Sometimes called Black-Eyed Susan, rudbeckia is great for gardeners without a lot of time. It’s a very hardy perennial and self sows and spreads readily.

Tithonia

Tithonia (Mexican Sunflower) is a very heat hardy flower and can be direct seeded in soil temperatures up to 86°F. It can grow to 5 feet tall and is excellent for attracting butterflies to your garden.

Sunflowers

Super easy to grow sunflowers are a popular choice for many gardeners. They stand up to summertime heat well and depending on the variety can bloom in as little as 53 days.

With the proper varieties you can create a late summer or fall garden that looks just as lovely as a spring flower garden. While many people only really get into gardening in the early summer continuing your garden throughout the year is an easy way to get more enjoyment and time out of it. For more tips on late season planting check out these posts.

Planning and Planting for an Abundant Fall and Winter Harvest

Succession Planting Warm-Season Crops for Hot Summers

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12 Edible & Medicinal Flowers to Add to Your Garden

Early in my gardening career I made the decision that I wasn’t going to “waste space” in my meager garden on flowers. Foolishly I thought that all they were good for was looking pretty. Slightly older and wiser me knows that flowers are for so much more than looks. Flowers are key to a productive garden. Some varieties are loved by pollinators, others draw in beneficial insects, and some even help repel unwanted pests! 

However if you’re a super practical gardener with some serious space restrictions you can get even more benefits out of your flower plantings. These varieties of flowers provide all the typical advantages and are either edible or medicinal. 

Edible Flowers

Sunflowers

Short Stuff Sunflowers

While sunflower seeds are an obvious edible benefit to growing sunflowers few people know that most of the plant can be eaten at different stages. Sunflower sprouts and very young plants are wonderful tossed into salads. The petals are a bit bitter but can also be used sparingly in salads. Young stalks can be peeled and used like celery, the leaves can be cooked like greens, and the unopened buds can be used like artichokes.

Bachelor’s Buttons

Polka Dot Bachelor’s Buttons

Bachelor’s buttons are a great way to add a lot of beauty to any dish. They can be eaten fresh in salads or used as a garnish. They’ve even been used to adorn cakes. They also hold their color well when dried and make an excellent natural food dye.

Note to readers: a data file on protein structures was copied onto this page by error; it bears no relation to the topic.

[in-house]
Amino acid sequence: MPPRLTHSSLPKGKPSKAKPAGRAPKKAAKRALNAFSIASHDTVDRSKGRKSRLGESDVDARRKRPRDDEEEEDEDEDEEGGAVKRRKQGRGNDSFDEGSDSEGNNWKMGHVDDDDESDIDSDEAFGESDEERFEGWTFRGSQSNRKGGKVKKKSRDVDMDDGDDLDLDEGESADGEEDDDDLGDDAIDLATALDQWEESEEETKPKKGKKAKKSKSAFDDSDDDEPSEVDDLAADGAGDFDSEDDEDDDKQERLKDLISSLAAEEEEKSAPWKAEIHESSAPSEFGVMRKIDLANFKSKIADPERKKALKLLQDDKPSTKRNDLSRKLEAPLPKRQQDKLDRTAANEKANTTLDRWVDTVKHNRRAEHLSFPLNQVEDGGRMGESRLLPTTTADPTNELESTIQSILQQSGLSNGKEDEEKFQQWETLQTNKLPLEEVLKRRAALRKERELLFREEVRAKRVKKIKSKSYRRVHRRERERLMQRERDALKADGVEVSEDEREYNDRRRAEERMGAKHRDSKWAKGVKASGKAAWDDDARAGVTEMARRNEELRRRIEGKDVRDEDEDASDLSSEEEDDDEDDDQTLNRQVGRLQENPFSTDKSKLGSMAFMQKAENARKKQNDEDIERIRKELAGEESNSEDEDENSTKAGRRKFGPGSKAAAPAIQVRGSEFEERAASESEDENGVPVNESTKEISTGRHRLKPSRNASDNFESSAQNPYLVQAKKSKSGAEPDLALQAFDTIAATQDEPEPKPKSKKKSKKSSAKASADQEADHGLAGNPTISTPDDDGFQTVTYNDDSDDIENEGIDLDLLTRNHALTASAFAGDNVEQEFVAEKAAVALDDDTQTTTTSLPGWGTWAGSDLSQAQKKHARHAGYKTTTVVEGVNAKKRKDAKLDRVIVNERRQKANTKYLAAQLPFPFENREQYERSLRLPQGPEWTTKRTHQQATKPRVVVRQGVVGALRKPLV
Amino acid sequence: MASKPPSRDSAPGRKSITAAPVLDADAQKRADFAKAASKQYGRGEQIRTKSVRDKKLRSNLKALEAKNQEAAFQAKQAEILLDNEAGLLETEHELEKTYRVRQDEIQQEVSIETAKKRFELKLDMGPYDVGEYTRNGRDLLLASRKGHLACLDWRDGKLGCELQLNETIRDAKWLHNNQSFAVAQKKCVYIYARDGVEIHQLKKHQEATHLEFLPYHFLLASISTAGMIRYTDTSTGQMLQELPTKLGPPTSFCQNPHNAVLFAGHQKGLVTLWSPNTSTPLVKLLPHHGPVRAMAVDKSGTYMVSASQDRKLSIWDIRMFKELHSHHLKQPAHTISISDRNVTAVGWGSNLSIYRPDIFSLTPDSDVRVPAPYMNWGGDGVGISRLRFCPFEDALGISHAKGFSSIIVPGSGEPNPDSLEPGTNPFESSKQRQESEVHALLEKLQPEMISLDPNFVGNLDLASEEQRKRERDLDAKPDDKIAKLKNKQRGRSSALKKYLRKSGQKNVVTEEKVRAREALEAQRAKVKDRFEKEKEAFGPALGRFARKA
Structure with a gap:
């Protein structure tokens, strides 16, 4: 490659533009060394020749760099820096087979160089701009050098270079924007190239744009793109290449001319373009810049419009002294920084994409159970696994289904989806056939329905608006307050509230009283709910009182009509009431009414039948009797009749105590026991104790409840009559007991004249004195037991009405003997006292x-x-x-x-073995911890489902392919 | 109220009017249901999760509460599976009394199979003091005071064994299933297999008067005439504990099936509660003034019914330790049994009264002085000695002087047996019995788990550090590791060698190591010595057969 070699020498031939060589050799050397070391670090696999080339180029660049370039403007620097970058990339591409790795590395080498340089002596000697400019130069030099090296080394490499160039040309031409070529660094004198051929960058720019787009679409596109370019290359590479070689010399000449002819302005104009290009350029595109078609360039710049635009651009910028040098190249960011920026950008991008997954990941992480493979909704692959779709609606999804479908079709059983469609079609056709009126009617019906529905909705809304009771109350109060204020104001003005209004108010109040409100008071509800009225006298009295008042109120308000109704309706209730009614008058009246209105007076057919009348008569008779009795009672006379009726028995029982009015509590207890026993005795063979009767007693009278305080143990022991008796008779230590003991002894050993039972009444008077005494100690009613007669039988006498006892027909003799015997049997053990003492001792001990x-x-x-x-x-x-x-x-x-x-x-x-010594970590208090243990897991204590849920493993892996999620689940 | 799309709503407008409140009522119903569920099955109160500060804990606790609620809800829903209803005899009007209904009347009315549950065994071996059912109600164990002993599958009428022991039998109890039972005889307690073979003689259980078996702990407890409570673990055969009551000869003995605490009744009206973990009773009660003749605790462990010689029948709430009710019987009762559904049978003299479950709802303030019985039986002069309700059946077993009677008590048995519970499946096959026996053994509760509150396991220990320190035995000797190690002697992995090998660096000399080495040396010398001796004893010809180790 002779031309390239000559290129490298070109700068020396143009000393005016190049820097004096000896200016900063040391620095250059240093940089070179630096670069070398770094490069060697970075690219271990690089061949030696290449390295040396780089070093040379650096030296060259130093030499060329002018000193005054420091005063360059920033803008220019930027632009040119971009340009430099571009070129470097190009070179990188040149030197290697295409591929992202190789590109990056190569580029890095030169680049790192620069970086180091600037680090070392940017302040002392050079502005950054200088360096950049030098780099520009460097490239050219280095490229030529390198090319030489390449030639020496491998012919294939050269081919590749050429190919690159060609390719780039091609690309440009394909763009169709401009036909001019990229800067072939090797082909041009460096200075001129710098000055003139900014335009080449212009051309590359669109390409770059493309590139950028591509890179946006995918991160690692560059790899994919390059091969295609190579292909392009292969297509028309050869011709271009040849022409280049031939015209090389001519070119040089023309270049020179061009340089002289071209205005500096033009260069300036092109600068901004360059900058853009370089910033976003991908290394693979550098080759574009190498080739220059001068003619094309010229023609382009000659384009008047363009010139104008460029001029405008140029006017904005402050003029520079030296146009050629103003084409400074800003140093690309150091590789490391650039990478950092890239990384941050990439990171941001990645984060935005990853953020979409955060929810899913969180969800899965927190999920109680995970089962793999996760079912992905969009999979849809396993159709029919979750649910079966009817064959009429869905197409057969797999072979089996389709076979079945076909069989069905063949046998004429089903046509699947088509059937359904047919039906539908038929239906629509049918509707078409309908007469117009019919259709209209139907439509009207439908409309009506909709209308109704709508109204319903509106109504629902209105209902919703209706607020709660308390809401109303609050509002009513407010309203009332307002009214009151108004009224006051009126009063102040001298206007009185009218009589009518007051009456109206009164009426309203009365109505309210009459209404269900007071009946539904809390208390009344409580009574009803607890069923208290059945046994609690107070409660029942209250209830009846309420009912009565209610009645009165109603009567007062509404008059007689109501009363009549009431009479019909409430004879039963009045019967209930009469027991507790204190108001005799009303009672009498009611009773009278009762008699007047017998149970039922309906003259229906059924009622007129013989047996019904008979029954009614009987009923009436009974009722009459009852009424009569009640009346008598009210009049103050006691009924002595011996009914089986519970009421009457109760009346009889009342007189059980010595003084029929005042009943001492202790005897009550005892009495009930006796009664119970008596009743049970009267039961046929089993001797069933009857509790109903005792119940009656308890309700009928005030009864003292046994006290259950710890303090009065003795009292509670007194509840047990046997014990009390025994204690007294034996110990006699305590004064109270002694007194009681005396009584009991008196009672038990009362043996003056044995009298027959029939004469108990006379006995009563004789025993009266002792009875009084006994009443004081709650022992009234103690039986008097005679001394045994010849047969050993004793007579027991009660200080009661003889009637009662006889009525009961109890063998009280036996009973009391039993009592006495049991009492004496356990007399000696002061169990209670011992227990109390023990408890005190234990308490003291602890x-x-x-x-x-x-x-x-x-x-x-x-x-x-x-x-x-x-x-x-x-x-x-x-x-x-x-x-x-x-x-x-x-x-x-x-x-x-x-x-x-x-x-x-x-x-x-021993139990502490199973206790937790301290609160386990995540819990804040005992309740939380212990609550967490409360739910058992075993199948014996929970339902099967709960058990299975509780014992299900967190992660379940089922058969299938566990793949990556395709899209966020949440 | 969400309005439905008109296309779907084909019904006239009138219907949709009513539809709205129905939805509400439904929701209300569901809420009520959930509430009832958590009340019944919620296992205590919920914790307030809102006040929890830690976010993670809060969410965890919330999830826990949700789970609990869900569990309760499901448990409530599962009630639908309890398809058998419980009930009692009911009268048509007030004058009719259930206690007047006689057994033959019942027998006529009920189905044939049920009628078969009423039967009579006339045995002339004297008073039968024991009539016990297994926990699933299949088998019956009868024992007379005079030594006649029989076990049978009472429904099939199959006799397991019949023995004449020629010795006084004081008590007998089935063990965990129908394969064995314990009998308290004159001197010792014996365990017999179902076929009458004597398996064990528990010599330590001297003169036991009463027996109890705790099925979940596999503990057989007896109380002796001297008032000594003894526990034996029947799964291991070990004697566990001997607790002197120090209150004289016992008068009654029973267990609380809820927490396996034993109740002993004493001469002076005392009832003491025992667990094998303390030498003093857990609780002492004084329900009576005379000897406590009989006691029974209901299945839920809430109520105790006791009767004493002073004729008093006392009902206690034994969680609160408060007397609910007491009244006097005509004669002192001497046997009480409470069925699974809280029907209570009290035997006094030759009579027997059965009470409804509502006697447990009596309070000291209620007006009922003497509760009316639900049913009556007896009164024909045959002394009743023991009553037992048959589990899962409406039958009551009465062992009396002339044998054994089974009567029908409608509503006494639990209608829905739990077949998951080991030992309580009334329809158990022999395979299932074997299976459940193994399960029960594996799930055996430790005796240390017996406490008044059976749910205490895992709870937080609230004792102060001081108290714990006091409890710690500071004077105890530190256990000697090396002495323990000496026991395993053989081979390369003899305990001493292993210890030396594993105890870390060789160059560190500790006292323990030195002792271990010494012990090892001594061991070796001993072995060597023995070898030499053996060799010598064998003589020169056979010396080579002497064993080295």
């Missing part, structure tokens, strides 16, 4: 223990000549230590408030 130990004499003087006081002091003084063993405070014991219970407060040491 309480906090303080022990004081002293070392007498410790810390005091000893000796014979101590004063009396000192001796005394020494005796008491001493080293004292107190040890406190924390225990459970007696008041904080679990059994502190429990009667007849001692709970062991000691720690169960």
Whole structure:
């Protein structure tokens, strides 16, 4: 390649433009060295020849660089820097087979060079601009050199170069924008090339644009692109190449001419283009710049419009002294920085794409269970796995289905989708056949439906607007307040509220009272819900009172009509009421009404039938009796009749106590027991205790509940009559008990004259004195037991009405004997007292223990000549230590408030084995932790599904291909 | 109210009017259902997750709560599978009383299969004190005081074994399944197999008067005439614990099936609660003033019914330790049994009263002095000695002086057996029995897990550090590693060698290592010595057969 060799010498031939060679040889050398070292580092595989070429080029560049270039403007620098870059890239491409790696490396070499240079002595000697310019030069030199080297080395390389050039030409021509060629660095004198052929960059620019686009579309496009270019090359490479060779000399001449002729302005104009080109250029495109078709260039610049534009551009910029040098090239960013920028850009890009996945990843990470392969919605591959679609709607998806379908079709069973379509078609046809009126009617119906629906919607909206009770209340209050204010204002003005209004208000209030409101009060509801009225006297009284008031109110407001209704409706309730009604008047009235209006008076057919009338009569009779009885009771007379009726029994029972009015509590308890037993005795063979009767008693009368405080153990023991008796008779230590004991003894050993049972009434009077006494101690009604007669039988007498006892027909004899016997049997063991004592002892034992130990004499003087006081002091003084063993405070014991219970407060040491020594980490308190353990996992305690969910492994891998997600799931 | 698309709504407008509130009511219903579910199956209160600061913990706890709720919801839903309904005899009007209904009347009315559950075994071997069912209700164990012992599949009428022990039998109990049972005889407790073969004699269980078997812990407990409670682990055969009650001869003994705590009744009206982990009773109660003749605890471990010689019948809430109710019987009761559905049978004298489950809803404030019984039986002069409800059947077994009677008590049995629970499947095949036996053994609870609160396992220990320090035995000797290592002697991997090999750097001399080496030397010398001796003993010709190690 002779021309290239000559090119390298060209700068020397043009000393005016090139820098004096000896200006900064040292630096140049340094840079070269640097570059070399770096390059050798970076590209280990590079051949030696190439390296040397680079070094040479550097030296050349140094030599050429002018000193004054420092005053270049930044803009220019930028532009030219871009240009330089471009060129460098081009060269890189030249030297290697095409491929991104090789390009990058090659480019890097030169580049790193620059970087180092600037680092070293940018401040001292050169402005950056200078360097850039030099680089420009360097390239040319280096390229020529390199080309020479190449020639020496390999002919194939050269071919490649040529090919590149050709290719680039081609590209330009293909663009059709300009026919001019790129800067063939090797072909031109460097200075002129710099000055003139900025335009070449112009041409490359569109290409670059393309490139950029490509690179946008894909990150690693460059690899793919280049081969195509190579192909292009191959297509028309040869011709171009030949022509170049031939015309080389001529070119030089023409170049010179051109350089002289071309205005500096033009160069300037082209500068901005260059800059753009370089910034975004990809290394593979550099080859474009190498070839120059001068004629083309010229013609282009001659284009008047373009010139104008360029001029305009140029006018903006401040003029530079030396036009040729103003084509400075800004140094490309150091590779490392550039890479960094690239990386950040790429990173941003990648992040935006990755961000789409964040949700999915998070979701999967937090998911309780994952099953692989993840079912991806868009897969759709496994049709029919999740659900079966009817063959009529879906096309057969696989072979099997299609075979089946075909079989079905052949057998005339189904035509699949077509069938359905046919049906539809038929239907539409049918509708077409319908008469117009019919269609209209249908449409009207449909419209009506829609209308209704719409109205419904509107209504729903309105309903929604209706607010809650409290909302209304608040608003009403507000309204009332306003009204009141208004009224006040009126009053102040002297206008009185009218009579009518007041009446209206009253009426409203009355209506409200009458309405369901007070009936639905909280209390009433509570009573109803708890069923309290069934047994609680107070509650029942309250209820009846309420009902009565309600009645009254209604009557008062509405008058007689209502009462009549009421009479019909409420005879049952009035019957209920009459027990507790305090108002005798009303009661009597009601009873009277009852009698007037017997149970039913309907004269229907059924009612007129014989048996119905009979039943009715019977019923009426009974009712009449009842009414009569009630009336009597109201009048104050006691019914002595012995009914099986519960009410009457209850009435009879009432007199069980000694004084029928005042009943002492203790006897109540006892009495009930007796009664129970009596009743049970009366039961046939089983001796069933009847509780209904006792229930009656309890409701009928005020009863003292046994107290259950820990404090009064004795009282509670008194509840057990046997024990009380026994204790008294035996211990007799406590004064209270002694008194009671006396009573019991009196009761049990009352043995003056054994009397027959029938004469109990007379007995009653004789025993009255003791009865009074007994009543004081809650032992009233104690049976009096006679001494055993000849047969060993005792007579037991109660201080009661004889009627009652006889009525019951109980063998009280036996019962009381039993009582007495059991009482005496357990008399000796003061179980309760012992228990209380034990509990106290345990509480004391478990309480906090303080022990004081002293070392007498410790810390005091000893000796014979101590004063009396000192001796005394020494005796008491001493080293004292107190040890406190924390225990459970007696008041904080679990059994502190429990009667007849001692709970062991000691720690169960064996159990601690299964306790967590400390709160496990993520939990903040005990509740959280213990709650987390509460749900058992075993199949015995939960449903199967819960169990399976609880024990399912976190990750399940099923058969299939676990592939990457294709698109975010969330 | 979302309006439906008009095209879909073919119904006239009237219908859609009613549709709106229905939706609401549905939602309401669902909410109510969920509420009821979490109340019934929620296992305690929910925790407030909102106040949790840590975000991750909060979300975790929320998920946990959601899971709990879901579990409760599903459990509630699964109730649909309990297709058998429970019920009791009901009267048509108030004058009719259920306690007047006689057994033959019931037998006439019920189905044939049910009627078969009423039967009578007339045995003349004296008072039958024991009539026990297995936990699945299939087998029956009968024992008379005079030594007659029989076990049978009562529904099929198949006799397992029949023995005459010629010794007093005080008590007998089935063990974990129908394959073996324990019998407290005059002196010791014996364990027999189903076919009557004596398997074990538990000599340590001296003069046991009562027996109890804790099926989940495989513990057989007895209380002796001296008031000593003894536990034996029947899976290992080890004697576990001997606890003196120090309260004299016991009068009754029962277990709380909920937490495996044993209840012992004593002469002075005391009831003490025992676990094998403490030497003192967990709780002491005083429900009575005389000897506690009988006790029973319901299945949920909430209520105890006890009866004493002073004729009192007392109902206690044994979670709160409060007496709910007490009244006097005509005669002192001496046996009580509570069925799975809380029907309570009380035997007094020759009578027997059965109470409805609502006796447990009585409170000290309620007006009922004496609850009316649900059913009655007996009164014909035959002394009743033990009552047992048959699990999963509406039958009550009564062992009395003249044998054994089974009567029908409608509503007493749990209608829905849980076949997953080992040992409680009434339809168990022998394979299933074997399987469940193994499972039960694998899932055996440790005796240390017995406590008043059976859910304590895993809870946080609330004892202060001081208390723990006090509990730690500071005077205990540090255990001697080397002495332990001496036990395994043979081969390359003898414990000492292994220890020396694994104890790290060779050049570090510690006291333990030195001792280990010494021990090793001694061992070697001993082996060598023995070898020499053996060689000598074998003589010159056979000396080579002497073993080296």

Breadseed Poppys

Hungarian Blue Breadseed Poppys

The only part of this flower that’s edible is the seeds. Breadseed poppy pods are filled with poppy seeds that are great for baking. If you love lemon poppy seed muffins this might be the right flower for you!

Johnny-Jump-Ups

Helen Mt. Johnny-Jump-Ups

Like bachelor’s buttons, johnny-jump-ups make a tasty addition to salads or add a touch of natural beauty as a garnish. They can have a mild wintergreen flavor.

Hollyhocks

Outhouse Hollyhocks

This one usually surprises people but hollyhocks are entirely edible! The roots, leaves, and flowers can all be eaten though it’s typically just the young leaves and flowers that are eaten fresh. They’re actually related to the mallow plant and the entire plant has a variety of medicinal uses.

Nasturtiums

Jewel Nasturtiums

Nasturtiums are hard not to love. Their bright orange flowers and lilly pad like leaves add a bit of charm to even the most organized vegetable garden. They’re also delicious and the flowers and leaves make wonderful salads.

Medicinal Flowers

Echinacea

Echinacea Purpurea

Echinacea is a beautiful perennial flower and a potent medicinal. It’s frequently used to strengthen the immune system.

Chamomile

German Chamomile

A lovely little flower that makes a wonderfully relaxing tea, chamomile really deserves a spot in every garden. It’s easy to grow and easy to use. It has an apple-like flavor and fragrance and is also anit-innflammatory, anti-microbial, and anti-spasmodic.

Feverfew

Though it looks much like chamomile, feverfew is a seperate medicinal herb and as the name suggests has long been used to treat fevers. More recently a study published in the British medical journal Lancet reported that 2-3 fresh leaves of feverfew eaten daily over a period of time reduced the severity and frequency of migraines.

Calendula

Resina Calendula

Another powerful medicinal, calendula is frequently used in salves and lotion to help heal skin irritations. However it also makes a tasty tea and has anti-innflammatory and anti-bacterial properties.

Bergamot

Wild Bergamot

Bergamot is often used to make tea and was used by several Native American tribes as a carminative. It’s also a favorite of hummingbirds, bees, and butterflies making it definitely worth adding to your garden.

Lavender

English Munstead Lavender

Generally thought of as a calming medicinal herb (try making some tea) lavender is also a tasty culinary herb. It can be used to flavor beverages, breads, cookies and more. 

If your space and time are limited it can be really important to get the most out of every square in of garden space. Thankfully there’s no reason to give up the beauty of flowers to do that. These varieties can help you grow a productive garden by providing you with food, medicine, and food for pollinators and beneficial insects as well.